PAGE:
Leading Edge Forum (LEF) is taking a close look at modern working environments, both physical and mental. THRIVE met up with Caitlin McDonald, PhD, to talk about the research she is leading and her job as LEF’s resident digital anthropologist.
Q: What is a digital anthropologist, and why did you decide to become one?
A: At its simplest, anthropology is the study of people: how we behave, think and act, and most importantly, how we make meaning together. The core characteristics of an anthropologist are curiosity and empathy. Anthropologists want to know about people’s experiences, and we are delighted and humbled by being invited into people’s worlds. A key discovery of anthropology is that we all have our own version of “normal”: What is common practice or goes without saying in my world might be interpreted completely differently by someone else. Anthropologists learn to step outside their version of normal, suspend judgment, and consider things from many different perspectives. In a world that is increasingly mediated by digital technologies, anthropologists need to pay special attention to how our digital tools are shaping the rest of our lives at work, home and in society.
Q: In what ways can a digital anthropologist help organisations improve their business outcomes?
A: Learning to think like an anthropologist can have a radical impact on your business by empowering decision makers to continually update their information about what customers want and need. There is no substitute for spending time with customers and understanding what your product or service means to them in the context of their life or in their work. This continual immersion in the user experience and keeping up with changes in user needs over time, lets you know what small tweaks you need to make and keeps your eyes open for big changes on the horizon.
But it doesn’t stop there. Learning to think like an anthropologist can also improve workplace relationships as team members learn to explore with an open, curious and empathetic mindset, stepping into their colleagues’ shoes and seeing pain points from their perspectives.
An anthropological mindset isn’t just a question of “once and done,” but constantly revisiting the things we think we know to see how they’re changing over time.
Developing anthropological skills can help an organisation:
· Identify opportunities for innovation by understanding customers’ needs
· See old problems with new eyes (“vuja de”)
· Cocreate by treating customers as the experts in their experience
· Put big data in context by enriching numerical abstraction with illustrative experiences
Q: You are leading a research project about our working environments called, “Space: The Organizational Frontier.” Why this topic?
A: As an anthropologist, I’m always looking for the unexpected in the everyday: What seems “normal” or “natural” to us that in a few years might look very different? For instance, one early finding we’re noticing is that in open plan offices, many workers are using headphones not only for their functional value to take calls or listen to music but also as a “do not disturb sign” for their colleagues.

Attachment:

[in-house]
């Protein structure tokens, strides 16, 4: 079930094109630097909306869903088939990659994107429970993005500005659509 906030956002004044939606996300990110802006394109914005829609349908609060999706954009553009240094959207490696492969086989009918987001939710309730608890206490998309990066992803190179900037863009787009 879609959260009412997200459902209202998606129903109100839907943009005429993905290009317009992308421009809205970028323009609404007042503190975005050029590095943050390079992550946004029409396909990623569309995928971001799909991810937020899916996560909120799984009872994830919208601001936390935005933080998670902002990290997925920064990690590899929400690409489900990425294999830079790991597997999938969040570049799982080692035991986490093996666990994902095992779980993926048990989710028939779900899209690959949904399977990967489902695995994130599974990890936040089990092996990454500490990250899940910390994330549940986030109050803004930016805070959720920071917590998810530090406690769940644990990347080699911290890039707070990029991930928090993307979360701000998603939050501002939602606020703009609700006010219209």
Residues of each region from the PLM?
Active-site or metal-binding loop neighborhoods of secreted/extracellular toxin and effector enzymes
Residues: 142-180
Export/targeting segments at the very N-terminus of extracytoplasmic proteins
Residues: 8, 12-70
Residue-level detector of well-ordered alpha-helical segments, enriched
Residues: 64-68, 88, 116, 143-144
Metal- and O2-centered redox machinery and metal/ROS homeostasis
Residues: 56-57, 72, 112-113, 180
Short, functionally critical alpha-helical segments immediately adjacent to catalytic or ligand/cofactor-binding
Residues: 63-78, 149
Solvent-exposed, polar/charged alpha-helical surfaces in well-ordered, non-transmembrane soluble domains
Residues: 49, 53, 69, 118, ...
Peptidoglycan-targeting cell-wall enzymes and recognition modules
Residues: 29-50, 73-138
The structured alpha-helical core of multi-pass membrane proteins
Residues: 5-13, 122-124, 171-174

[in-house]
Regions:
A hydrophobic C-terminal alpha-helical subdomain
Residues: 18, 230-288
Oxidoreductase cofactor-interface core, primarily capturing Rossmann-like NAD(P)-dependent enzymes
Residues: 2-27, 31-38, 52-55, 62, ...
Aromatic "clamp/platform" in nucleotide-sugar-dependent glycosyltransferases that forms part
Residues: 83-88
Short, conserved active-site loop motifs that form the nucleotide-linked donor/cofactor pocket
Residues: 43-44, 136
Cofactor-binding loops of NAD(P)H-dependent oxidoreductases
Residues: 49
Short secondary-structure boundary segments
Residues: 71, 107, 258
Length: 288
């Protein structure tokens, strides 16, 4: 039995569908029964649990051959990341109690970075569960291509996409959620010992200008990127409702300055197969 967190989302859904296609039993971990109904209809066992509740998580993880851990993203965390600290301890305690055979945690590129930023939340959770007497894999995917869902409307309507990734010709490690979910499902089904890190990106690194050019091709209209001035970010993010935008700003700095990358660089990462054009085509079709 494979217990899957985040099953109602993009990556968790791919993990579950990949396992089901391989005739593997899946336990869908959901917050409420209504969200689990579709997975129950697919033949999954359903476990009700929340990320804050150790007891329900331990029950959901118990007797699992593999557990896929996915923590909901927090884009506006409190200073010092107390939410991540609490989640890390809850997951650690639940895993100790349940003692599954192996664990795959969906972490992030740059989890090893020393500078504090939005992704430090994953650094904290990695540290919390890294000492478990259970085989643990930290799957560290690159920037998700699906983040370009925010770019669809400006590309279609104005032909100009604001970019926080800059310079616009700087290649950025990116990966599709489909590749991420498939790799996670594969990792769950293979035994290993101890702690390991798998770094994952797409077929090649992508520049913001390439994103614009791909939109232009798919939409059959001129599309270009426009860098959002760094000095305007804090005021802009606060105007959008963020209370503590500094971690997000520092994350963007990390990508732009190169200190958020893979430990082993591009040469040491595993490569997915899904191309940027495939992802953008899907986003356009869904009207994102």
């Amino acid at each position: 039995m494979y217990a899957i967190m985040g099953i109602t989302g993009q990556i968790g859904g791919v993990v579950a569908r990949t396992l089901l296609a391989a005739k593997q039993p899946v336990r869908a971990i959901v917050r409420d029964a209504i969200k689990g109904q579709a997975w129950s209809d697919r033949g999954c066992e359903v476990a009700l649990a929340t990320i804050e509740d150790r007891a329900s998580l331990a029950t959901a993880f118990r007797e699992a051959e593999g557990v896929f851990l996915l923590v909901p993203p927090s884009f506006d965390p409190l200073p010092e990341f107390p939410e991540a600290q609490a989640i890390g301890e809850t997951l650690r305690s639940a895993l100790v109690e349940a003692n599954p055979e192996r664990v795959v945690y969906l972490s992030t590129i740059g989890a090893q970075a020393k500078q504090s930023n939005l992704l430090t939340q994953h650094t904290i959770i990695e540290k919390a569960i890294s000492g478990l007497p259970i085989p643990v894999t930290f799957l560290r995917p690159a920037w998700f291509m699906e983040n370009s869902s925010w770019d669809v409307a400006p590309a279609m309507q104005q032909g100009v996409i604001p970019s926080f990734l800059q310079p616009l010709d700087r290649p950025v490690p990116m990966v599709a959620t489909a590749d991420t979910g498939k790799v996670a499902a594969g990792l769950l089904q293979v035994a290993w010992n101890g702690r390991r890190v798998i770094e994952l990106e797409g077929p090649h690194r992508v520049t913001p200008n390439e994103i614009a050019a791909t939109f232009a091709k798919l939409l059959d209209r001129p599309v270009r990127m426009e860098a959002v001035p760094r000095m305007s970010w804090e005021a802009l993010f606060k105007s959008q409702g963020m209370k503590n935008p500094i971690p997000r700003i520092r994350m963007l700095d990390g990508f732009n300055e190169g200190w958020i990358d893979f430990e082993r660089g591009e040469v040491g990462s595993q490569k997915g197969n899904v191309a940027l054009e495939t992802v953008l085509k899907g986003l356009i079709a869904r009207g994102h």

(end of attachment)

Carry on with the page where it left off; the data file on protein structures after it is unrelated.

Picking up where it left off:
By examining the interplay between digital and physical working environments, we can overcome some of the pitfalls businesses face in getting innovative collaboration tools to live up to their promises.
Q: How should businesses adapt their workspaces, and why?
A: With increasingly ubiquitous collaborative technologies, information workers have all the tools they need for the office right in their pockets. Where there is WiFi, there is work. This means that companies are getting more comfortable with remote working, flexible working and shifted hours for employees. That has big implications for how we design spaces. Floor space is a big expense, and companies that can reduce their occupancy costs by shifting working patterns will welcome these innovations. But increasingly asynchronous working also has challenges: People need new habits, practices and shared understandings of etiquette to effectively share information, build rapport, and ultimately collaborate across digital and physical spaces.
Q: Can you share how organisations are innovating in the organisational frontier?
A: The most challenging organisational units have a hybrid mix of people who are colocated and some remote team members. That means you have to develop strategies for how you work together in person, how you work together remotely, and those sticky patches in between. But more and more businesses are operating this way, so it’s going to become a more common pattern. The increasing shift to platform organisations, with more and more porous boundaries between producers and consumers, and the increase in short-term and flexible contract working, also mean that teams need to be paying more attention to their onboarding and offboarding strategies. This is really important for building a sense of team cohesion and continuity.